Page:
Although myeloproliferative neoplasms usually cannot be cured, there are treatments for all patients with the condition. Treatment of MPNs depends on the type and on the presence of symptoms. In general, treatment aims to correct the abnormal blood counts.
Some people don't experience any symptoms and therefore don't require treatment.
Low dose chemotherapy pills, such as hydrea, can be given to patients with essential thrombocythemia and polycythemia vera to lower their platelet and red blood cell counts. Phlebotomy (the removal of blood intravenously) is also an effective strategy for lowering red blood cell counts and controlling symptoms.
The treatment of choice for chronic myelogenous leukemia is a new anti-leukemia medication, called Gleevec. Testoterone therapy can sometimes improve anemia in patients with myelofibrosis. Other potential therapies for myelofibrosis include chemotherapy, radiation therapy, thalidomide and alpha interferon. In addition, patients with myelofibrosis frequently require red blood cell transfusions.
Chemotherapy uses drugs to kill extra blood cells in the body. Chemotherapy may be taken orally in a pill format or may be administered intravenously (through an IV). Chemotherapy is called a systemic treatment because the drug enters the bloodstream, travels through the body and can kill cells throughout the body.
Radiation therapy uses high-energy X-rays to kill cells and is sometimes used to relieve symptoms of MPN. External beam radiation therapy, which uses a machine outside the body to administer the radiation, is usually the type of radiation therapy used to treat MPN. In addition, a radioactive drug called P32 can be given intravenously to lower the number of red blood cells made by the bone marrow.
Surgery to remove the spleen, called a splenectomy, may be performed if a patient's spleen is swollen.
Biological therapy is being tested as a possible treatment of MPN. This type of therapy uses materials made either by the body or in a laboratory to boost, direct or restore the body's immune system. Biological therapy sometimes is called biological response modifier (BRM) therapy or immunotherapy.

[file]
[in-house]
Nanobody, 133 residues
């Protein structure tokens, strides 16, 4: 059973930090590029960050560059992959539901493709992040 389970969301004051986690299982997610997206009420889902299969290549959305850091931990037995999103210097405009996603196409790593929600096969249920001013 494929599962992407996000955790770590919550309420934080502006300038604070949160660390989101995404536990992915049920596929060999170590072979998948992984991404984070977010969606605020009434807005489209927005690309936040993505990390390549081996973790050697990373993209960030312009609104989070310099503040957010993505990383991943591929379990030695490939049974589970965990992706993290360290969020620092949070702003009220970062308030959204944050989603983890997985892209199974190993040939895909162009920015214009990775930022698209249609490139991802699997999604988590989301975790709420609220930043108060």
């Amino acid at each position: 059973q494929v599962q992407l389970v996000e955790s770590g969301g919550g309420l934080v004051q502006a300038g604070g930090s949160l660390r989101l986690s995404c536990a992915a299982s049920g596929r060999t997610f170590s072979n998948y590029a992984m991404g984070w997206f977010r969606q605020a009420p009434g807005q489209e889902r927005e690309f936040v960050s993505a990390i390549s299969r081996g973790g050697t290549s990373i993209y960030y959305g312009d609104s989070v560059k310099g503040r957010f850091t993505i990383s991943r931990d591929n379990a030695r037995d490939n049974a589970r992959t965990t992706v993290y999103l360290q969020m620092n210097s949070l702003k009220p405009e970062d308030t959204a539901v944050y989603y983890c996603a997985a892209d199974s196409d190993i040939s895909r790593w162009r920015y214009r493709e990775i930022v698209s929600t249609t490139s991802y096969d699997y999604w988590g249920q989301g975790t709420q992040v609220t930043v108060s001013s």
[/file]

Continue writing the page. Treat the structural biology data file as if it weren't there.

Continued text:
Hormones may be used in certain instances to treat side effects of MPN. In patients with agnogenic myeloid metaplasia, hormones called glucocorticoids may be given to increase the life span of red blood cells. In addition, hormones called androgens sometimes are used to stimulate the bone marrow to produce more blood cells.
A person's recovery or response to therapy depends on their type of MPN, age and general health. Most people with essential thrombocythemia and polycythemia vera live more than 10 to 15 years with few complications. People with myelofibrosis live approximately five years and in some cases, the disease may develop into acute leukemia.
Stem Cell Transplantation
The only curative therapy for MPN (excluding chronic myelogenous leukemia) is allogeneic stem cell transplantation, which is the transfer of stem cells from one person to another.
Whether stem cell transplantation is an appropriate therapy for an individual patient depends on a number of factors including age, MPN subtype, current symptoms or the extent of disease and the availability of a donor. We encourage patients to consult with a stem cell transplantation doctor to learn more about MPN, possible treatments and stem cell transplantation.